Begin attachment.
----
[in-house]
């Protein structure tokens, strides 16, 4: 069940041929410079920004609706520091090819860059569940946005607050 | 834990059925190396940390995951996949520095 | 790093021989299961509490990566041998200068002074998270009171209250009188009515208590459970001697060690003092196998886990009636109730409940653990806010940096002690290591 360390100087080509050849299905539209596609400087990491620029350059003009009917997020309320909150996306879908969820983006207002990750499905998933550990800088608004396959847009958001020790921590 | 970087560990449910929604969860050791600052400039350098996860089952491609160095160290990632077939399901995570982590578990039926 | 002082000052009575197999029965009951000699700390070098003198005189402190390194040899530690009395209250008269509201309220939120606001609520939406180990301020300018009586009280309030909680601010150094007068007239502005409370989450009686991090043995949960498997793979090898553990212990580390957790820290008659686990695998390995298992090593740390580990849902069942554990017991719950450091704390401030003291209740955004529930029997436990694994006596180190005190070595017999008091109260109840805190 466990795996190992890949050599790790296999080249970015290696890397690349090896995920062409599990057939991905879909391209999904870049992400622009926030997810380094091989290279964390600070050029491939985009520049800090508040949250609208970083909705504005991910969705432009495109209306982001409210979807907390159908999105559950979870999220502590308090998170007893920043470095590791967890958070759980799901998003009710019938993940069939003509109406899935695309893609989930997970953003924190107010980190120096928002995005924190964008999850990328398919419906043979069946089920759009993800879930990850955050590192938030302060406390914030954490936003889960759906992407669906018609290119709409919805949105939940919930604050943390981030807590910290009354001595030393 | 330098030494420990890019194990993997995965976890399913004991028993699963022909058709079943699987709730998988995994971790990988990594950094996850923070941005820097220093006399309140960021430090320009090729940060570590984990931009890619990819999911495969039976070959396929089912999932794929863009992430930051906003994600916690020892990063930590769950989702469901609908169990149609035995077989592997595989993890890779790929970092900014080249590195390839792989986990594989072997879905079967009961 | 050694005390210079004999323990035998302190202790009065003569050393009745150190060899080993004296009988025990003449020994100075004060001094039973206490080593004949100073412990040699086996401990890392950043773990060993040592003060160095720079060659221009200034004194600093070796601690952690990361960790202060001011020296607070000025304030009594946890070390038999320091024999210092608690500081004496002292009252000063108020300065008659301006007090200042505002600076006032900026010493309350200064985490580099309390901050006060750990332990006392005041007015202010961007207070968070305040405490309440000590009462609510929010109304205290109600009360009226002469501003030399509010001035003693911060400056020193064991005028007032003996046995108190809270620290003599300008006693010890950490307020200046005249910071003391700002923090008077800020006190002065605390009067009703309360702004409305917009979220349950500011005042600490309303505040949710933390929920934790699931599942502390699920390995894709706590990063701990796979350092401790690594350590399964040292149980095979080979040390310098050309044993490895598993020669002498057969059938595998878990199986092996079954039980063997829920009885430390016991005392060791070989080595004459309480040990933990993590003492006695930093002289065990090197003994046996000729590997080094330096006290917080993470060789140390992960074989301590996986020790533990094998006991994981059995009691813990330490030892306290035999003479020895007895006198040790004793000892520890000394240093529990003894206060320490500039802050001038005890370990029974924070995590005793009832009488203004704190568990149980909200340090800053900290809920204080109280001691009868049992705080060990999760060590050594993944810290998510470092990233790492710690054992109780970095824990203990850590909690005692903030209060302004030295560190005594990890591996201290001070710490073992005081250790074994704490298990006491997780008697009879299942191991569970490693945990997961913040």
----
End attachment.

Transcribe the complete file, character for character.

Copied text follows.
[in-house]
């Protein structure tokens, strides 16, 4: 069940041929410079920004609706520091090819860059569940946005607050 | 834990059925190396940390995951996949520095 | 790093021989299961509490990566041998200068002074998270009171209250009188009515208590459970001697060690003092196998886990009636109730409940653990806010940096002690290591 360390100087080509050849299905539209596609400087990491620029350059003009009917997020309320909150996306879908969820983006207002990750499905998933550990800088608004396959847009958001020790921590 | 970087560990449910929604969860050791600052400039350098996860089952491609160095160290990632077939399901995570982590578990039926 | 002082000052009575197999029965009951000699700390070098003198005189402190390194040899530690009395209250008269509201309220939120606001609520939406180990301020300018009586009280309030909680601010150094007068007239502005409370989450009686991090043995949960498997793979090898553990212990580390957790820290008659686990695998390995298992090593740390580990849902069942554990017991719950450091704390401030003291209740955004529930029997436990694994006596180190005190070595017999008091109260109840805190 466990795996190992890949050599790790296999080249970015290696890397690349090896995920062409599990057939991905879909391209999904870049992400622009926030997810380094091989290279964390600070050029491939985009520049800090508040949250609208970083909705504005991910969705432009495109209306982001409210979807907390159908999105559950979870999220502590308090998170007893920043470095590791967890958070759980799901998003009710019938993940069939003509109406899935695309893609989930997970953003924190107010980190120096928002995005924190964008999850990328398919419906043979069946089920759009993800879930990850955050590192938030302060406390914030954490936003889960759906992407669906018609290119709409919805949105939940919930604050943390981030807590910290009354001595030393 | 330098030494420990890019194990993997995965976890399913004991028993699963022909058709079943699987709730998988995994971790990988990594950094996850923070941005820097220093006399309140960021430090320009090729940060570590984990931009890619990819999911495969039976070959396929089912999932794929863009992430930051906003994600916690020892990063930590769950989702469901609908169990149609035995077989592997595989993890890779790929970092900014080249590195390839792989986990594989072997879905079967009961 | 050694005390210079004999323990035998302190202790009065003569050393009745150190060899080993004296009988025990003449020994100075004060001094039973206490080593004949100073412990040699086996401990890392950043773990060993040592003060160095720079060659221009200034004194600093070796601690952690990361960790202060001011020296607070000025304030009594946890070390038999320091024999210092608690500081004496002292009252000063108020300065008659301006007090200042505002600076006032900026010493309350200064985490580099309390901050006060750990332990006392005041007015202010961007207070968070305040405490309440000590009462609510929010109304205290109600009360009226002469501003030399509010001035003693911060400056020193064991005028007032003996046995108190809270620290003599300008006693010890950490307020200046005249910071003391700002923090008077800020006190002065605390009067009703309360702004409305917009979220349950500011005042600490309303505040949710933390929920934790699931599942502390699920390995894709706590990063701990796979350092401790690594350590399964040292149980095979080979040390310098050309044993490895598993020669002498057969059938595998878990199986092996079954039980063997829920009885430390016991005392060791070989080595004459309480040990933990993590003492006695930093002289065990090197003994046996000729590997080094330096006290917080993470060789140390992960074989301590996986020790533990094998006991994981059995009691813990330490030892306290035999003479020895007895006198040790004793000892520890000394240093529990003894206060320490500039802050001038005890370990029974924070995590005793009832009488203004704190568990149980909200340090800053900290809920204080109280001691009868049992705080060990999760060590050594993944810290998510470092990233790492710690054992109780970095824990203990850590909690005692903030209060302004030295560190005594990890591996201290001070710490073992005081250790074994704490298990006491997780008697009879299942191991569970490693945990997961913040």